Search engine spiders crawl through trillions of pages each day and are extremely powerful software programs. These spiders crawl the content and links on web pages and place that information into highly complex databases to be called upon for a given search query made by a user.
While a user sees a dynamic and responsive web page, the automated bots see the raw HTML of a page. You can see what that looks like by inspecting the code source of any webpage. This can be done on any web browser that you use.
In this example, we can see the raw HTML of a webpage in Google Chrome by right-clicking on any element on the page and selecting the “Inspect” option. This can also be done with the Ctrl+Shift+I shortcut. Not only does this show the raw HTML on a page, but this also shows the unique CSS and styles that go into the design of a web page.
Next, we see the same option on the Mozilla Firefox web browser. By right-clicking on a page element and selecting the “inspect element” option, it opens an inspector window at the bottom of the page.
This shows the HTML of the page on the left with the styles associated with each element on the right. It is this code that the mechanical search engine spiders crawl through and see. When evaluating this content, the spiders ignore the design of the page as it has nothing to do with the content that the user is trying to find information on.
In this example, we inspect the code on the homepage of SEM Rush. When digging into the HTML, we can see the text that a user sees when visiting the web page. This is what the search engine spiders care about when evaluating the unique content of a page.
Elements that Search Engine Spiders Evaluate
The main content of the page is not the only thing that the spiders care about.
The automated bots also take special consideration of elements such as the tags and the attribute for the image. When diving into the world of on-page optimization, we will cover the ranking benefits of these elements in detail.
Now, when it comes to processing images on the web, search engines have had little understanding of what the picture looks like.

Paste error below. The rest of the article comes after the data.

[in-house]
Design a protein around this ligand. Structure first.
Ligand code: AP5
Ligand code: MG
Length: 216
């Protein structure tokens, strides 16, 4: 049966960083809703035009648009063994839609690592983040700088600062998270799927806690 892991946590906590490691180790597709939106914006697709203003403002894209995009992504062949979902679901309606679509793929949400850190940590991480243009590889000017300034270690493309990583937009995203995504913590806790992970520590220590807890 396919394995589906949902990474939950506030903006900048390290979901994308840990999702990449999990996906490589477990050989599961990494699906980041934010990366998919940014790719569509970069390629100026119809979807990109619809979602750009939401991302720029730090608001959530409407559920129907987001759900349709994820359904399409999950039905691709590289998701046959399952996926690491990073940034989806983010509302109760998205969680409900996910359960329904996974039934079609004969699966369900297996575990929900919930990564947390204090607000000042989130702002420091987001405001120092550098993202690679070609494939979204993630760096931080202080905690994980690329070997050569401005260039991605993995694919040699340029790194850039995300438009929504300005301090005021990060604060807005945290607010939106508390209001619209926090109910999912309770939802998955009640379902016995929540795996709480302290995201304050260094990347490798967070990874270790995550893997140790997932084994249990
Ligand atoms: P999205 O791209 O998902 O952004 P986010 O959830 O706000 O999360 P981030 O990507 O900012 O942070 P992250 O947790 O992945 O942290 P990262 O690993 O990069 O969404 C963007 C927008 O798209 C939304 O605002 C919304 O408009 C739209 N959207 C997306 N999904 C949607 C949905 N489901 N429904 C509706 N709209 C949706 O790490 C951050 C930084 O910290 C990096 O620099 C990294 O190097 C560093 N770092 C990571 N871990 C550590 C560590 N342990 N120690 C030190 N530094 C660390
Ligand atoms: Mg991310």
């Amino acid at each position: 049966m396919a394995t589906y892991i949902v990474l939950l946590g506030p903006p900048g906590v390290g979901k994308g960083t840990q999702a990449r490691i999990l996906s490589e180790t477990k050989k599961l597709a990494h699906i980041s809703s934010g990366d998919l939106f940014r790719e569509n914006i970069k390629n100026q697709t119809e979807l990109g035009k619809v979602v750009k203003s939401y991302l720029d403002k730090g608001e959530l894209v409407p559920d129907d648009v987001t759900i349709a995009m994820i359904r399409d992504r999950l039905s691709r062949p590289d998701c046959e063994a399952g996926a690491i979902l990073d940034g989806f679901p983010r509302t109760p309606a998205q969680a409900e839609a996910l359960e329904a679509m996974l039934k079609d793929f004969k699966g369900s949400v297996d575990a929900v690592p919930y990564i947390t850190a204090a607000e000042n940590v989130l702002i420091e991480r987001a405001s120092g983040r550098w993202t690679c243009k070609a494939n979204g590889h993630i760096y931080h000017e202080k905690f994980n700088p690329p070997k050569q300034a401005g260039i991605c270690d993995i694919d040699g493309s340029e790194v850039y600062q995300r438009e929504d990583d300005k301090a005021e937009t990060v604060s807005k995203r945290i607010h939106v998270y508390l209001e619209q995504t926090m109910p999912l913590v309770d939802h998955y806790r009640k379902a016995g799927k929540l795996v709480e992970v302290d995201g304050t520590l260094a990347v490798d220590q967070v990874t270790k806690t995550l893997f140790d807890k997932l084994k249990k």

Historically, they have relied on the information presented in the image HTML tag to inform them on what the picture is.
Lately, Google has been working towards building a platform to understand these images better. If you head to the Google Search Images platform, you can upload or drag a photo into the search bar to see results associated with that image.
When using the reverse image search, you may find results of similar images, websites that include the image, and other sizes that were uploaded. The search engine may also list results that are relevant to the photo.
For example, when dragging a photo of the popular Mona Lisa painting into the search field, the search engine displays the best guess at a query relevant to the image and shows similar images below the most valuable results.
While this service is still in development, it shows that Google is working to understand photos better than just reading the alt HTML tag that is associated with the image.
Also, while Google has the technology to understand the images better, the processing power that it would take to evaluate every image on the web is not necessary now to provide the proper user experience.
Therefore, it is important to take advantage of using the alt HTML tag on any given image to provide a description for both users who cannot see the image and search engines that cannot understand the image.
Knowing how a search engine looks at a website is one of the necessities in providing excellent search engine optimization.
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